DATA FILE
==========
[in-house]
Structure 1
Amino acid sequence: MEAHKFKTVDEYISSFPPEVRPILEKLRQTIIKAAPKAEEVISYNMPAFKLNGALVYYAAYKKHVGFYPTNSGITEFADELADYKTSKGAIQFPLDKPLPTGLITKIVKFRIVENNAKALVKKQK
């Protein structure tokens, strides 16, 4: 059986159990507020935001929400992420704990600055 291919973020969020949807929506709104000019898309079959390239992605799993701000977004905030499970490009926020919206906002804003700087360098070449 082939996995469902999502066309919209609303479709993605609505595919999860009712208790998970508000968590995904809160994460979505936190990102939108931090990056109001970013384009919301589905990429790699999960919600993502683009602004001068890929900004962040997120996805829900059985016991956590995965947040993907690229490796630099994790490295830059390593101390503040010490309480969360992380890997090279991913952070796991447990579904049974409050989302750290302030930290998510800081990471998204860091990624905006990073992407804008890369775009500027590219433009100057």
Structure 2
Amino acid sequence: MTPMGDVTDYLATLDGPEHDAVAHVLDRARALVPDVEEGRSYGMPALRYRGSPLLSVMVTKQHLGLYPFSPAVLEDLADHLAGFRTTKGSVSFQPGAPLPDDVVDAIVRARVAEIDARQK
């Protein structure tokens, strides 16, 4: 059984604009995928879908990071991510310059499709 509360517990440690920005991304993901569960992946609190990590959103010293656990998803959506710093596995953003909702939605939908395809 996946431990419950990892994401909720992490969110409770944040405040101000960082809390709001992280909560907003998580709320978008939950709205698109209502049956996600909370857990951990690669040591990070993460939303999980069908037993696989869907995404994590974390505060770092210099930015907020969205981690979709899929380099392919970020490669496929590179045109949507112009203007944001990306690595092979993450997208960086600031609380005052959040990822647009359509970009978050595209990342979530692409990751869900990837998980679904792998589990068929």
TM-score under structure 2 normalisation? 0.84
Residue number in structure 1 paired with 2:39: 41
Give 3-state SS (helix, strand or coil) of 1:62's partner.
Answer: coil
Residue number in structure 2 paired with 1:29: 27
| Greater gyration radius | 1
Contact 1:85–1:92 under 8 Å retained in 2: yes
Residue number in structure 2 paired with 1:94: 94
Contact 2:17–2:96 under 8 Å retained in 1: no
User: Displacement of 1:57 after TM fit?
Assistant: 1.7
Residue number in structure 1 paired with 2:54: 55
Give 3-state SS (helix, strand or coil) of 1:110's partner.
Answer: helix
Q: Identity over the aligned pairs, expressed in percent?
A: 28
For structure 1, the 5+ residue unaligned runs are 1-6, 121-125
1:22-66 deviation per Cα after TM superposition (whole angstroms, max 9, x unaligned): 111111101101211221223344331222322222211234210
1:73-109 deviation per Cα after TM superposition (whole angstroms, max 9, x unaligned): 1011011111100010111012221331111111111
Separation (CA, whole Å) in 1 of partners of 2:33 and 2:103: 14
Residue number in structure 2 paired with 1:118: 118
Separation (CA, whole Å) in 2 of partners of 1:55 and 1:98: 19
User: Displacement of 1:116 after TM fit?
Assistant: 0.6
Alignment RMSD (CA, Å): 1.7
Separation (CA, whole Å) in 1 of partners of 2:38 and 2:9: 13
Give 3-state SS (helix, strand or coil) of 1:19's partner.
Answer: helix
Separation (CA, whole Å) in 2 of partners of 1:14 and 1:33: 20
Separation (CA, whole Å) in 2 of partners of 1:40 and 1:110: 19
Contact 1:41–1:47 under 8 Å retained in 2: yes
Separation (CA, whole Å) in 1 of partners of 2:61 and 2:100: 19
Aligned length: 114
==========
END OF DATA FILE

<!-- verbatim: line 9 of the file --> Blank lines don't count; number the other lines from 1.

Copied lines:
Residue number in structure 1 paired with 2:39: 41